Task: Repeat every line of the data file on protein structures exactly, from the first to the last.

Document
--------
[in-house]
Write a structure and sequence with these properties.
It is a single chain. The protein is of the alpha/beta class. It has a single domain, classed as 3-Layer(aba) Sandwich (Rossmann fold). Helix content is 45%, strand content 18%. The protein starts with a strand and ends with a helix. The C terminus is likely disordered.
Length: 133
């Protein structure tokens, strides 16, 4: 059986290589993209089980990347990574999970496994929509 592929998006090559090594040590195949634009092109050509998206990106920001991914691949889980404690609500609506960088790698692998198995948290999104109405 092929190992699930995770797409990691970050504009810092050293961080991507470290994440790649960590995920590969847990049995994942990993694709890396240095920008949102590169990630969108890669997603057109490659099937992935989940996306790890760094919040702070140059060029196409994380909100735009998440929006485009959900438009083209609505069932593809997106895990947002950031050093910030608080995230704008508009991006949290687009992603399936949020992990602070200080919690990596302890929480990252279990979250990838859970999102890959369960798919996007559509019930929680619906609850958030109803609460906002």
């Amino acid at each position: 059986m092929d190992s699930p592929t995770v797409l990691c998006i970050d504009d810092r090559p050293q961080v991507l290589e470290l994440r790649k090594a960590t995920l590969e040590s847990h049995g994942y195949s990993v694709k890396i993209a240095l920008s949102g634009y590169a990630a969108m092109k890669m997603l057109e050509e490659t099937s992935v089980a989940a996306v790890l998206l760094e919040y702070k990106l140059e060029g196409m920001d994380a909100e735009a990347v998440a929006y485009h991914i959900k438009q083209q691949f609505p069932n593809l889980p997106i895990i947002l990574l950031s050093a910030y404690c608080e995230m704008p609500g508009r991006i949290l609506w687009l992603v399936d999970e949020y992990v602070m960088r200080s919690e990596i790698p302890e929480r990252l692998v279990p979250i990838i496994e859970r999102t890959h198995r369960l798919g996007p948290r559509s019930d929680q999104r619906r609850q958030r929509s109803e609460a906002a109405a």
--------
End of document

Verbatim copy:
[in-house]
Write a structure and sequence with these properties.
It is a single chain. The protein is of the alpha/beta class. It has a single domain, classed as 3-Layer(aba) Sandwich (Rossmann fold). Helix content is 45%, strand content 18%. The protein starts with a strand and ends with a helix. The C terminus is likely disordered.
Length: 133
């Protein structure tokens, strides 16, 4: 059986290589993209089980990347990574999970496994929509 592929998006090559090594040590195949634009092109050509998206990106920001991914691949889980404690609500609506960088790698692998198995948290999104109405 092929190992699930995770797409990691970050504009810092050293961080991507470290994440790649960590995920590969847990049995994942990993694709890396240095920008949102590169990630969108890669997603057109490659099937992935989940996306790890760094919040702070140059060029196409994380909100735009998440929006485009959900438009083209609505069932593809997106895990947002950031050093910030608080995230704008508009991006949290687009992603399936949020992990602070200080919690990596302890929480990252279990979250990838859970999102890959369960798919996007559509019930929680619906609850958030109803609460906002």
């Amino acid at each position: 059986m092929d190992s699930p592929t995770v797409l990691c998006i970050d504009d810092r090559p050293q961080v991507l290589e470290l994440r790649k090594a960590t995920l590969e040590s847990h049995g994942y195949s990993v694709k890396i993209a240095l920008s949102g634009y590169a990630a969108m092109k890669m997603l057109e050509e490659t099937s992935v089980a989940a996306v790890l998206l760094e919040y702070k990106l140059e060029g196409m920001d994380a909100e735009a990347v998440a929006y485009h991914i959900k438009q083209q691949f609505p069932n593809l889980p997106i895990i947002l990574l950031s050093a910030y404690c608080e995230m704008p609500g508009r991006i949290l609506w687009l992603v399936d999970e949020y992990v602070m960088r200080s919690e990596i790698p302890e929480r990252l692998v279990p979250i990838i496994e859970r999102t890959h198995r369960l798919g996007p948290r559509s019930d929680q999104r619906r609850q958030r929509s109803e609460a906002a109405a």